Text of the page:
But don't look for those numbers to be thrown around anytime soon. The change could be put on the ballot either through an initiative petition by voters, which would require about 20,000 signatures, or through a board bill passed by the aldermen. Neither is likely to happen soon. And despite Slay's and Bosley's support, it's a loaded issue. In 1996, a 20-member Mayor's Advisory Committee recommended sweeping changes to city government, including making "county" elected offices appointive, but decided not to explore cutting the number of aldermen because, as committee chairman Bert Walker described it, the issue was a "political hot potato."
As home-rule issues bubble to the surface and county offices are examined, aldermanic reform is bound to surface as well. Pentland thinks the discussion has symbolic importance, showing that there are no sacred cows at City Hall.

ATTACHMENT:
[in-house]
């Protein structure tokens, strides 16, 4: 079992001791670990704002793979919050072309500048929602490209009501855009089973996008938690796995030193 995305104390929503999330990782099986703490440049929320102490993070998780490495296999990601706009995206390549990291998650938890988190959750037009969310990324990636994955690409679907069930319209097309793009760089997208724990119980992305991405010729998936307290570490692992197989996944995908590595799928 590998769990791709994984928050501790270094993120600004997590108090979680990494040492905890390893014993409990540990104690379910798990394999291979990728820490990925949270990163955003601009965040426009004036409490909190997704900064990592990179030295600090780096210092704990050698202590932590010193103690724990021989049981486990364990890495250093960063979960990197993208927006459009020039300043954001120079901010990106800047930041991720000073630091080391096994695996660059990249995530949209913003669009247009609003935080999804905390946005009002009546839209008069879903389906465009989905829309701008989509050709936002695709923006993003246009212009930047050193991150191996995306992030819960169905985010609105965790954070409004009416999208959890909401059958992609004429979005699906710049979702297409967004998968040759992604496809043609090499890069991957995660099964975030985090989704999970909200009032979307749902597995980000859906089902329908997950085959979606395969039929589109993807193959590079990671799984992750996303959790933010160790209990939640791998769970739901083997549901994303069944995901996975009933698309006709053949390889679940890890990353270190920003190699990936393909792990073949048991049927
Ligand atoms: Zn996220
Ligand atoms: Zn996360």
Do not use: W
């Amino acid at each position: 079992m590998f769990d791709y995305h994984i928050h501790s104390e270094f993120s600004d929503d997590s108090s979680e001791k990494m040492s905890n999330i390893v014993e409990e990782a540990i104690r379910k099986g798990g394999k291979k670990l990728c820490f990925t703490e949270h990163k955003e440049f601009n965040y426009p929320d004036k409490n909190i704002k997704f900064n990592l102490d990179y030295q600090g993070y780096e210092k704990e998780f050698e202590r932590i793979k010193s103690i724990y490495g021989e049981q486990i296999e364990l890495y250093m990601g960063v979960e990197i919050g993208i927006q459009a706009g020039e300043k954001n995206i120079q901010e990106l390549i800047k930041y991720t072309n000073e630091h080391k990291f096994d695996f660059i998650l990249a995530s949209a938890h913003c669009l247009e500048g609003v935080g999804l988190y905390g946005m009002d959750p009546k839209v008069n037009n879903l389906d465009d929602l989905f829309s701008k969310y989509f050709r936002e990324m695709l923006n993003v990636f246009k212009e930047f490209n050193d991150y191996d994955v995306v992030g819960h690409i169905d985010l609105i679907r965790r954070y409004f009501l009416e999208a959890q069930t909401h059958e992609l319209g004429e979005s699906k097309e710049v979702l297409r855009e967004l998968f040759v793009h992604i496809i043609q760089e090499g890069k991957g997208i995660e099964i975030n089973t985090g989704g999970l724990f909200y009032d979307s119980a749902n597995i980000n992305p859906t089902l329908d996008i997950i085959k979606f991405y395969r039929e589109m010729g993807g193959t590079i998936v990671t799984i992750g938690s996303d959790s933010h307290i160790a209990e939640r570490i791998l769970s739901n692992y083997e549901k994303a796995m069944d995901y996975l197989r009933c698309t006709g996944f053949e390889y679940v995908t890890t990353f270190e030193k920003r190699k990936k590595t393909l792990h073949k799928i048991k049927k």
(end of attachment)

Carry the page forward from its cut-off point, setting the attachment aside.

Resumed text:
"You have to show a tangible good-faith effort to make changes. That was one of the places where it could be done with the least amount of damage to anybody," says Pentland. "You have to show signs of improvement in this town, because decay has a life of its own. Once decay starts, it'll keep growing unless you really have a way to start something in the opposite direction with a life of its own. We had none. We still don't."
BAD TO THE BO: It's Ralph Nader! It's Clarence Darrow! No, it's Rob Lee! Apparently Lee, whose consumer struggles with Bo Beuckman Ford ["Short Cuts," RFT, Dec. 6] put him on KMOV-TV (Channel 4) and twice in the pages of the crusading weekly you are now reading, also has legal skills.